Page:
Sixty Second Interview
We interviewed our Commissioner Catherine Hardman about her role.
A Royal Commissioner is an odd title. What do you actually do?
Being a Royal Commissioner is little like being on the Board of Governors of another organisation. As a group the Commissioners provide oversight of the running of the organisation, so there are regular meetings at which we come together with Royal Commission staff to review what has been achieved (usually an enormous amount), but also to help form and shape the future direction of the Commission’s work. Depending on the specialism of the Commissioner we sometimes get involved in particular projects or areas of work.
How did you come to get the position?
I applied, was interviewed (in a very snowy Cardiff), and got the job! A colleague had highlighted the opportunity to me; the Commission were, at the time, looking for expertise in the area of digital preservation and I fitted the bill. It was a straightforward process and very open, although it was a bit odd having to wait for the Queen to sign off your job offer!
You’re in your second term now, so what do you like about it?
I became a Commissioner in 2010 and I think I was the youngest female Commissioner to be appointed at the time and, at first, found it a little intimidating to be surrounded by such a wealth of experience and skills in my fellow Commissioners. But everyone was so friendly and welcoming that I soon found my feet and was able to contribute. I’m now the Vice-Chair so I must have done something right!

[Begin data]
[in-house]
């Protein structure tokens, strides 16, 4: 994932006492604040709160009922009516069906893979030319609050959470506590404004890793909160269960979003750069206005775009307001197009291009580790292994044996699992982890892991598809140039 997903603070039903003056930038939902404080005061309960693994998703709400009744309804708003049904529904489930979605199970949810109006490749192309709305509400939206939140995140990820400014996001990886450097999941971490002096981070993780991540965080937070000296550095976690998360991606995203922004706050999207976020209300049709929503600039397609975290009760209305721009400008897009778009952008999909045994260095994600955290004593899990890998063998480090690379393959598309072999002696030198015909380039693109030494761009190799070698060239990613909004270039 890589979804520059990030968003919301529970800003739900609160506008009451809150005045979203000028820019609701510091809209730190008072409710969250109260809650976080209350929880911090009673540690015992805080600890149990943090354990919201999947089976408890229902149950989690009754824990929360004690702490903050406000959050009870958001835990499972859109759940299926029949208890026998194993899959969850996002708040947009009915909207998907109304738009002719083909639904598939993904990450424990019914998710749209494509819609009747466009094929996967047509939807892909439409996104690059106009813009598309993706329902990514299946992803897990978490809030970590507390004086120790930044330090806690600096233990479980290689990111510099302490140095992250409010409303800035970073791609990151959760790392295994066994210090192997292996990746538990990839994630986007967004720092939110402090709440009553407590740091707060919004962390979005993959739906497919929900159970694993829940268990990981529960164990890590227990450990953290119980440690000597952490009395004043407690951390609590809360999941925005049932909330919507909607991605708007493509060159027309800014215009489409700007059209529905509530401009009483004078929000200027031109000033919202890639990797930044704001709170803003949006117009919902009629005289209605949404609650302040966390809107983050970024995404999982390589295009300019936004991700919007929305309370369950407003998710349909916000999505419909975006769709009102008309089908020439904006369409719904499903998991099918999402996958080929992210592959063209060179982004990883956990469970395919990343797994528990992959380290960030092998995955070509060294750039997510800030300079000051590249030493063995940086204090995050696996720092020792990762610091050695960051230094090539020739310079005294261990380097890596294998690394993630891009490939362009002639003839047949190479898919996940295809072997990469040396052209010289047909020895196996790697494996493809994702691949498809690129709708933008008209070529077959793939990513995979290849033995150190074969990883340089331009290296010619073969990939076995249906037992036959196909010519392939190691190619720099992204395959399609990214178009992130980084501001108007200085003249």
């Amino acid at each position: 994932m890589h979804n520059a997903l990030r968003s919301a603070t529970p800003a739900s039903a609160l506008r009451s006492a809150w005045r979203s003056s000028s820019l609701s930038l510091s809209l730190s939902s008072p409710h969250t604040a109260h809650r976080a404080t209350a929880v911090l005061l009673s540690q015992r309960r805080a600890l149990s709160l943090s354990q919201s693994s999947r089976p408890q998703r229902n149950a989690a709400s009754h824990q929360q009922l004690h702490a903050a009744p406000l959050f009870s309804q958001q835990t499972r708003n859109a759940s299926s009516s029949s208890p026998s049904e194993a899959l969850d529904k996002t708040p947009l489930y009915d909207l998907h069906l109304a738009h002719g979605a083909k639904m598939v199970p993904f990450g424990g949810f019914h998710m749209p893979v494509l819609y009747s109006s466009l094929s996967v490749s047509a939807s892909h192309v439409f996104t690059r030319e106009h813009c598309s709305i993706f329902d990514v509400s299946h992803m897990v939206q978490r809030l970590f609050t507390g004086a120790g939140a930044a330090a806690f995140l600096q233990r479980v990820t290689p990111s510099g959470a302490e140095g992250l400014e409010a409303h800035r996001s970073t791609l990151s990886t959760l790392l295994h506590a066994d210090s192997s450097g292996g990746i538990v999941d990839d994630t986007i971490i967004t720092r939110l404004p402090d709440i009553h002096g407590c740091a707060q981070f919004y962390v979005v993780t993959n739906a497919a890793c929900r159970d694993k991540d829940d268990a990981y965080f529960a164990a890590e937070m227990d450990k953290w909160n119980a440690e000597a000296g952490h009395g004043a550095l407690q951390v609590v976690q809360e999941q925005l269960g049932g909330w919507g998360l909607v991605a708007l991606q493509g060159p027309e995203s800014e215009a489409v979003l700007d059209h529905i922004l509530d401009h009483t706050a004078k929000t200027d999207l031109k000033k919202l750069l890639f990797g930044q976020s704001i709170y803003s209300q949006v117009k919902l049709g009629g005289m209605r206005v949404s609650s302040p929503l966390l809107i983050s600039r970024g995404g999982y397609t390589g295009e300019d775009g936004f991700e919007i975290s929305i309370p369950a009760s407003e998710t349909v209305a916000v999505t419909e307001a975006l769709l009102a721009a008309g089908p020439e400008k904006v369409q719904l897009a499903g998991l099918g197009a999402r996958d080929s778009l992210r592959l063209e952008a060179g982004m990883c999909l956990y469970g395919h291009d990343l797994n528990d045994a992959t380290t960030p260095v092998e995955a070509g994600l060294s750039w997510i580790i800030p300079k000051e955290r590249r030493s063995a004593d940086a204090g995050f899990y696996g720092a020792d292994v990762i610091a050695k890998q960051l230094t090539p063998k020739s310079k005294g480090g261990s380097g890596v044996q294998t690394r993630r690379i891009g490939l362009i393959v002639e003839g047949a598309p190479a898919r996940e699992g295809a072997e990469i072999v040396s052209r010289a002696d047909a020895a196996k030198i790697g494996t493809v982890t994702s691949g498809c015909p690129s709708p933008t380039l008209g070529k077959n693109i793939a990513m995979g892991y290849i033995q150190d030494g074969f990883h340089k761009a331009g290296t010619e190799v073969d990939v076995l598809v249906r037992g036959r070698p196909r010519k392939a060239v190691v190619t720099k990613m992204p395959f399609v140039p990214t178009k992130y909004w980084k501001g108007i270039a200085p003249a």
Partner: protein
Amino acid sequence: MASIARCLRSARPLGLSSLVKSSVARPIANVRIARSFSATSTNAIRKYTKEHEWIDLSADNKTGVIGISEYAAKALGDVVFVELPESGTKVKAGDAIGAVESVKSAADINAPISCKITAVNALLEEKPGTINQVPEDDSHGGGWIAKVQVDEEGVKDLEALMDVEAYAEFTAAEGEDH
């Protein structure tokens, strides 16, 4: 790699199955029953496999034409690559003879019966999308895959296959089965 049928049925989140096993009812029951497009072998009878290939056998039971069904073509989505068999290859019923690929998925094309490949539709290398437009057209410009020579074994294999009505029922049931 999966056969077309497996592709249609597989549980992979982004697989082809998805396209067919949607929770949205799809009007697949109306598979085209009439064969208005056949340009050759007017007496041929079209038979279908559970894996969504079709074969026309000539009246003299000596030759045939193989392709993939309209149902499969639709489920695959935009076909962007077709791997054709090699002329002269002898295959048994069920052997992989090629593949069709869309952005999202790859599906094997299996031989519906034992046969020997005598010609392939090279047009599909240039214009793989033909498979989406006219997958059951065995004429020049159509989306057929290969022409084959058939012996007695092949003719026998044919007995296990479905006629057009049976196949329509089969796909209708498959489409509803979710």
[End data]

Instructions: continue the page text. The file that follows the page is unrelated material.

I like the fellowship among the Commissioners and working with a small, highly functioning organisation such as the Royal Commission always throws up challenges and innovations that keep me interested and learning new things all the time. Having a shared deep interest for the historic environment of Wales in all its guises means we work as a team to achieve shared aims; it’s very fulfilling.
What have you learned from your experience?
Not to underestimate myself; that working together we bring to the table experience which is definitely greater than the sum of its parts. I’ve brought that breadth of that experience back to my day job, which I’m sure has played a huge part in progression in my own career.